I finally decided to try camping for Magic Monday. I thought I would give it a shot for a night or 2 but unfortunately because of the rain this got extended an extra night. I realized the benefit of camping versus arriving in the morning and would say if you can manage it then camping is by far the better way. You will most likely be in the first few hundred (depending on when you arrive) and this means your time waiting in the morning will be quicker and more tolerable. Once the stewards lead the queue through the park to the security checkpoint, you will have about an hour just to sit on the ground and relax. When the security check opens at 9:15am you move through pretty quickly to the ticket office and then to the grounds. Even though there is a bit of a wait after that, at least you can sit down, use the bathroom, get some food and just relax a little. Plus, you will have first dibs at prime spots on the outer courts when the grounds open at 10:30am.
Being almost 74, I was most likely the oldest person camping on that damp, wet field. The stewards directed me on where to set up my tent and we began the wait for queue cards. Once these were given out in the late afternoon, your place in line is held and you can go for some dinner. I recommend heading up to the Wimbledon village (you can take bus 493) and there are a lot of restaurant options.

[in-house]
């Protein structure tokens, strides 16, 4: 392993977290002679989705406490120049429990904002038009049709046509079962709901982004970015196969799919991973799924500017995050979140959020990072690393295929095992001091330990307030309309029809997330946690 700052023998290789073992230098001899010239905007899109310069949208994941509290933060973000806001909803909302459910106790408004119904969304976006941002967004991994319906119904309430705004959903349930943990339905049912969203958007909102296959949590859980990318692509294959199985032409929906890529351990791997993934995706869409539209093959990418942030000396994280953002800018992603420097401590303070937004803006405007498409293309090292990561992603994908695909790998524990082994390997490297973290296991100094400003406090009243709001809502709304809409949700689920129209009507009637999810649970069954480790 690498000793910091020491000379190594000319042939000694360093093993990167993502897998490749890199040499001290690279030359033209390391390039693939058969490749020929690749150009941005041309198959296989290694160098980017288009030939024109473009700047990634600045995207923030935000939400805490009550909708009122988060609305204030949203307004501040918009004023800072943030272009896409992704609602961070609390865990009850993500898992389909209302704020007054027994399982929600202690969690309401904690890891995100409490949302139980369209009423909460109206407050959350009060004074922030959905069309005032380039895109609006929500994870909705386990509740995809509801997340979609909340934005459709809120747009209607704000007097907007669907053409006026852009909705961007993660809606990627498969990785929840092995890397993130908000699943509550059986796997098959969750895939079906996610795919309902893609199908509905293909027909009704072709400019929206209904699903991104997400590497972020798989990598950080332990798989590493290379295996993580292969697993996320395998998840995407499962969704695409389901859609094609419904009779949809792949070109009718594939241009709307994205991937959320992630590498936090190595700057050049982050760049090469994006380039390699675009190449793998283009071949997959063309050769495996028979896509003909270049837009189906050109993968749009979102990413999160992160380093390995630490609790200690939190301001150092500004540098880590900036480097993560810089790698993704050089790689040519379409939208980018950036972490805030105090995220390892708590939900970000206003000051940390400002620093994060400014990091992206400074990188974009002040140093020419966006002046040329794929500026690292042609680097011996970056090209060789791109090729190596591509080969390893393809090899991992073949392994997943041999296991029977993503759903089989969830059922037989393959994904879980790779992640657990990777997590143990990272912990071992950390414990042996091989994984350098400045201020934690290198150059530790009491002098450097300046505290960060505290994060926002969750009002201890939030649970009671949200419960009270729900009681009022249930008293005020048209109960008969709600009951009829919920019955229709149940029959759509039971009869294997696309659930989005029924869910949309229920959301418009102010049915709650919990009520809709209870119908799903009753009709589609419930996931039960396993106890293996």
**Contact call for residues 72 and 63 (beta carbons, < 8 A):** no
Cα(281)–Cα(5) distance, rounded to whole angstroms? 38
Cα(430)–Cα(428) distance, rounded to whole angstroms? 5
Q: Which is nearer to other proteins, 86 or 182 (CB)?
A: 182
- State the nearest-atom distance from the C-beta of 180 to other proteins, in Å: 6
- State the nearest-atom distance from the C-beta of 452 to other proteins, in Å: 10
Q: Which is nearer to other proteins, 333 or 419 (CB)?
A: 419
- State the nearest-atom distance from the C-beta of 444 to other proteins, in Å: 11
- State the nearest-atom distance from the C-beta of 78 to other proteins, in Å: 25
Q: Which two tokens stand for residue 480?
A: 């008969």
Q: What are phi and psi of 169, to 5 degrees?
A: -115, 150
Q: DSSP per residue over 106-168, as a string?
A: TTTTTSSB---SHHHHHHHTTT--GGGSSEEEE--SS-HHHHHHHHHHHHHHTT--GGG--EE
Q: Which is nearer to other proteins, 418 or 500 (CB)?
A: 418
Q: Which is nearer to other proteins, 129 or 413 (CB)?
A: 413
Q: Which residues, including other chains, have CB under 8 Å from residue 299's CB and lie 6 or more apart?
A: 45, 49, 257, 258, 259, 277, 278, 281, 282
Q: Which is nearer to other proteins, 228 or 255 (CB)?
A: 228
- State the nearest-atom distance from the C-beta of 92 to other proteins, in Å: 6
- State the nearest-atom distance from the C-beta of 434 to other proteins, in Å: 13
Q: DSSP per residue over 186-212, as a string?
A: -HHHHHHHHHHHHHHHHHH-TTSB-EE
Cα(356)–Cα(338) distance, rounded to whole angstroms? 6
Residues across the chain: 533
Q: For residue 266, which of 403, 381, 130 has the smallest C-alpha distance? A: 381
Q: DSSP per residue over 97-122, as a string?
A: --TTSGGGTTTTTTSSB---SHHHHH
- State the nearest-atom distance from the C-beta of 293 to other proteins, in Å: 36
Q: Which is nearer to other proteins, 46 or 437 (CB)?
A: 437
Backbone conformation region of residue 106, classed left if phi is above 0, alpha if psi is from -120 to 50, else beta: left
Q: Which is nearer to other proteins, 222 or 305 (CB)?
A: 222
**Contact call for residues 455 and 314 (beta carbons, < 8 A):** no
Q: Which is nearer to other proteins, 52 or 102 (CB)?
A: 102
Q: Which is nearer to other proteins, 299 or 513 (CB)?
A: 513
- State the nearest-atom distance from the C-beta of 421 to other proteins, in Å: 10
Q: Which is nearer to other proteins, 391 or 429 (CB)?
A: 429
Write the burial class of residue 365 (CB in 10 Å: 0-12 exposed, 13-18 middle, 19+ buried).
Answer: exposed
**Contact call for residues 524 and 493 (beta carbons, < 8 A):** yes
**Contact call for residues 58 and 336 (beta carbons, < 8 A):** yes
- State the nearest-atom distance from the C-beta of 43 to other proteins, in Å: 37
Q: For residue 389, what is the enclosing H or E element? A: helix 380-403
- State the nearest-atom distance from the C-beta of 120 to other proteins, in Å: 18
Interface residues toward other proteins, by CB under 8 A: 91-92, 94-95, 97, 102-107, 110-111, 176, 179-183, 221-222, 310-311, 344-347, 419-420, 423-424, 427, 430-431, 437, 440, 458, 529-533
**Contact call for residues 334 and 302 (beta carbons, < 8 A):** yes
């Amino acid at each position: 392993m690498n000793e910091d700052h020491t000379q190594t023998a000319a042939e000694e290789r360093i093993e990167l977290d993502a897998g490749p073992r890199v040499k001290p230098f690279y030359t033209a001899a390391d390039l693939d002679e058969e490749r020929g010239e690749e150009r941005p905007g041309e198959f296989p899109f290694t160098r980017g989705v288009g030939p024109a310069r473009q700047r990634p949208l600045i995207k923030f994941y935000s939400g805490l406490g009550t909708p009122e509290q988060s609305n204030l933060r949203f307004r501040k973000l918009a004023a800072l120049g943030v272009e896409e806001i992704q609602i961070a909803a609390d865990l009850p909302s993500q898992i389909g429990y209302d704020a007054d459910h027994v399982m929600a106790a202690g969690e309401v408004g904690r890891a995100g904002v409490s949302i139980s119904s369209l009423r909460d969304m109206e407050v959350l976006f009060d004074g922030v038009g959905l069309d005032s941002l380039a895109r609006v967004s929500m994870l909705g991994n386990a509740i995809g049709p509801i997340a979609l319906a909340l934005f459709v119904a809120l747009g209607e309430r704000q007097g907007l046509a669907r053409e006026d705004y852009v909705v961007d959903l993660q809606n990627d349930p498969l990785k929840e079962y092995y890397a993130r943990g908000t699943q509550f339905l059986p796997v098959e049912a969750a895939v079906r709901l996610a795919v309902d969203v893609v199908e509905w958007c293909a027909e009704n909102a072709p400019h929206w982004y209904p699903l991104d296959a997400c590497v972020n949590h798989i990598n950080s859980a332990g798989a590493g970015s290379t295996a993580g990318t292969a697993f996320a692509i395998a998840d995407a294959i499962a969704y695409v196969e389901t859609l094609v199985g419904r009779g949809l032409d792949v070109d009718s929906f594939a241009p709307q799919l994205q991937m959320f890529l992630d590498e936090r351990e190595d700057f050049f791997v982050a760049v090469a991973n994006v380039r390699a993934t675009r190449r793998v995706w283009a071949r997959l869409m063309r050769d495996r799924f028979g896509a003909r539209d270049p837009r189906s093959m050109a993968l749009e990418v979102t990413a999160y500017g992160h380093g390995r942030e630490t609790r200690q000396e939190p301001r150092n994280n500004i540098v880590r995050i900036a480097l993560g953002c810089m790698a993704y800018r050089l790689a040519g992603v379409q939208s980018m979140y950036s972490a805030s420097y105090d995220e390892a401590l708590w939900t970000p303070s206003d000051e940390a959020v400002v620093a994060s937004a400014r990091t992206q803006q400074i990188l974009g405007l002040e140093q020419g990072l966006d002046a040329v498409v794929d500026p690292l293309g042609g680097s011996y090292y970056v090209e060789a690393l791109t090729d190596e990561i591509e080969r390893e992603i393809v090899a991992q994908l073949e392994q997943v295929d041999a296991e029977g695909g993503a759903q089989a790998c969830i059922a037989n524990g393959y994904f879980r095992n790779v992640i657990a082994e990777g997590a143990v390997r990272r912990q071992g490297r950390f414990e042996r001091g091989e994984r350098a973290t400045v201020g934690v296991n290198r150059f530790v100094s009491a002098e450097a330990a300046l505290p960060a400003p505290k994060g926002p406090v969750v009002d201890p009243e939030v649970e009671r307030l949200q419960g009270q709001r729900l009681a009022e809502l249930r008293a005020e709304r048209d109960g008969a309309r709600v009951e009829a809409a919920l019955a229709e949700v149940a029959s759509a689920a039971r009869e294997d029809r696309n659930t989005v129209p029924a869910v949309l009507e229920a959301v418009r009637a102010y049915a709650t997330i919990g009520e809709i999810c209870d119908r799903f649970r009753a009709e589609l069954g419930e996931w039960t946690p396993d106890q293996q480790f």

Returning back to the queue in the early evening, most people are sitting in front of their tent (very helpful to have some sort of folding chair), chatting or kicking around a soccer ball. Soon it is ready to get organized to get to bed. Being my age, I knew I would be taking 1 maybe 2 trips to the rest room. So time to check it out and here are some very helpful hints. Make sure you can find your tent in the night. Finding the rest rooms are easier as they are well lit. But getting back is another story. All tents begin to look alike. Here are some helpful hints. Make sure you know exactly where your tent is. Count the number of rows from the end; count the number of tents where you are in the row. Observe background, particularly trees or any other landmark. Also a large or unusually shaped tent nearby is very helpful. Now here is very key point. Remember you are walking in a particular direction towards the rest rooms. On the way back, in the opposite direction where all perspective has changed and it is very easy, in the dark, to be confused. So observe your tent in both directions, looking for some landmark to help in the dark.
Finally, the obvious. Be organized. Note where you put your flash light; remember where you put your eye glasses. But most of all do not worry, do not panic. The stewards are very helpful and you will find your tent.
Having all the stuff you need with you as your camping really makes the difference. This packing list has everything you need.
One positive note. Having camped somewhat in the states, one is always harassed with mosquitoes. After several nights camping the Wimbledon field there were none and not sure why. I am speculating that it has to do with the fact there is hardly, or no fresh water nearby. No lakes, streams etc. So just relax and enjoy the experience. If I could do it at age 73, you will surely have no problem!